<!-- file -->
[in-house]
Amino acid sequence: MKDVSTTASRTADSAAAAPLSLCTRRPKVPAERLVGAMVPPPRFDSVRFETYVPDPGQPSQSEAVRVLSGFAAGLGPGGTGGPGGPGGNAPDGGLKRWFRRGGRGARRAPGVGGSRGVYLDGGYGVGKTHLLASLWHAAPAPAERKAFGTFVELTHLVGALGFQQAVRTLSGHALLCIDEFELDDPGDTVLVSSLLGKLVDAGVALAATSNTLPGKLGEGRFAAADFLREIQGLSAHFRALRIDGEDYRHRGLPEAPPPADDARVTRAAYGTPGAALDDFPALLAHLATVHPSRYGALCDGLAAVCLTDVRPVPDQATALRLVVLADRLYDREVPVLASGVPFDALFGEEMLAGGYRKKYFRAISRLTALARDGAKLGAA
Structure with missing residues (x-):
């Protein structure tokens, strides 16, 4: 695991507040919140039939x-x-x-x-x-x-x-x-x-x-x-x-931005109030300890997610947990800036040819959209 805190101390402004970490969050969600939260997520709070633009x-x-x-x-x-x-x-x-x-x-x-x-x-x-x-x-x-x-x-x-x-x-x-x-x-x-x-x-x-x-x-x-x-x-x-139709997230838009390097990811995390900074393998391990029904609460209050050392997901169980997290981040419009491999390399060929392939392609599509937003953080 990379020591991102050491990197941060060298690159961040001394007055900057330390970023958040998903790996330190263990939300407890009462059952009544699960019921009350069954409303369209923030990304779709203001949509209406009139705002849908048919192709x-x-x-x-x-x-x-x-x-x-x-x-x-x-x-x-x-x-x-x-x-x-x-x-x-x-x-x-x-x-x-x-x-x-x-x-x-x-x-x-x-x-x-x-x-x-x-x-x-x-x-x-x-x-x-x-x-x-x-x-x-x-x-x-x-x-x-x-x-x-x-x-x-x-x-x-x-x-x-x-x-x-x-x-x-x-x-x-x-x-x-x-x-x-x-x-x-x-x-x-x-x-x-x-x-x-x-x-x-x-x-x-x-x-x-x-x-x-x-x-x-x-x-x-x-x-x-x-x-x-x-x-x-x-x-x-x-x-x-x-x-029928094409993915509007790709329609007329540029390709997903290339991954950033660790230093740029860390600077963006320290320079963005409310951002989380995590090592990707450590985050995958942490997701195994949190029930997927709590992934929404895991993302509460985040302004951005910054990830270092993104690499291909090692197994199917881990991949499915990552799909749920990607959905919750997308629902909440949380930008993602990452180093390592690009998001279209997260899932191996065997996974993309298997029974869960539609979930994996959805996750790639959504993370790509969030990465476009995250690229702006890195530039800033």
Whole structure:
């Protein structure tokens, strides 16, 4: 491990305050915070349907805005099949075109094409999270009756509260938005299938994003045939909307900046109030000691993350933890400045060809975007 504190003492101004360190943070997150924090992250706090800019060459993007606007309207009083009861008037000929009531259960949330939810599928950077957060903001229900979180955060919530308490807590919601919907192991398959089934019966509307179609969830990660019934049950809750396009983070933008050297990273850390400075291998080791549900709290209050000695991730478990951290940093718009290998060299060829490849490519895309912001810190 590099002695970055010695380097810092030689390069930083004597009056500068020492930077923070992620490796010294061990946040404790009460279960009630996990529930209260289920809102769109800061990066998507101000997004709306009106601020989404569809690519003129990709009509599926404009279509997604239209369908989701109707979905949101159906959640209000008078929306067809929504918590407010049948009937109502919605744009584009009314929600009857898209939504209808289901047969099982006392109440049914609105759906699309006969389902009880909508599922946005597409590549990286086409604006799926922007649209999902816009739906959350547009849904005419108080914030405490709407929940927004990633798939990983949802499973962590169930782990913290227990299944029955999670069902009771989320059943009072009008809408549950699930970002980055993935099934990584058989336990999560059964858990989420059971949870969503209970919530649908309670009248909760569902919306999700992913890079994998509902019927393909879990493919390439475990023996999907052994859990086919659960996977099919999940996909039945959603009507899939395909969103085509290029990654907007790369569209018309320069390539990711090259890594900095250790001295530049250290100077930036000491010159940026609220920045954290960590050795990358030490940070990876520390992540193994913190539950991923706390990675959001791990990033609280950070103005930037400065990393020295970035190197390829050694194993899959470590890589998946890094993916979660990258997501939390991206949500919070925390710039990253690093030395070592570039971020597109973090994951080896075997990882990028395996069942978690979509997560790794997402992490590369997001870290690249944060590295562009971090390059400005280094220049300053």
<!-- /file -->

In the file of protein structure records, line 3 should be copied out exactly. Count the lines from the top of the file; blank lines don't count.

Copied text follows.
Structure with missing residues (x-):